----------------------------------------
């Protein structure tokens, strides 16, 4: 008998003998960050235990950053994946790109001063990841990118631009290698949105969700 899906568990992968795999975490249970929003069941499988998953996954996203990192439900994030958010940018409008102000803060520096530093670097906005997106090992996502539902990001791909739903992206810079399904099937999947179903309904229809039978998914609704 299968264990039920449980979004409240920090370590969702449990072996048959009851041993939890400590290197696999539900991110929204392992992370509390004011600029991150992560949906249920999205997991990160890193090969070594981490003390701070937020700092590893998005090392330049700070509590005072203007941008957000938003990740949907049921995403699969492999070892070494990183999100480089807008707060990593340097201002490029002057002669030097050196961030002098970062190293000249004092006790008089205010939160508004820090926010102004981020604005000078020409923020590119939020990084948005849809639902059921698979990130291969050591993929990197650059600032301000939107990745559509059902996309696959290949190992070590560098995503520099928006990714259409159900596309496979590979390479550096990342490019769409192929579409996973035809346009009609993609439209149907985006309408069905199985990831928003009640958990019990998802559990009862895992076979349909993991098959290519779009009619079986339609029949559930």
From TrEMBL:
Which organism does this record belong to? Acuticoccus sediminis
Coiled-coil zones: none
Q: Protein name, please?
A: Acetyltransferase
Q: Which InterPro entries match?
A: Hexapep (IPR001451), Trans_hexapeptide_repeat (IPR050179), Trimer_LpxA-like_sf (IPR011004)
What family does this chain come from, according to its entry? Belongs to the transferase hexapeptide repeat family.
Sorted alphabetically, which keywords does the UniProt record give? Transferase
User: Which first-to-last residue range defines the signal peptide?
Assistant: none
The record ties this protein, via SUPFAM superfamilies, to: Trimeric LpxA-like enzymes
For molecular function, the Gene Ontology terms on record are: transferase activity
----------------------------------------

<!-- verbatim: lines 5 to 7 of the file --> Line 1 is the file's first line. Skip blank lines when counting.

Q: Protein name, please?
A: Acetyltransferase
Q: Which InterPro entries match?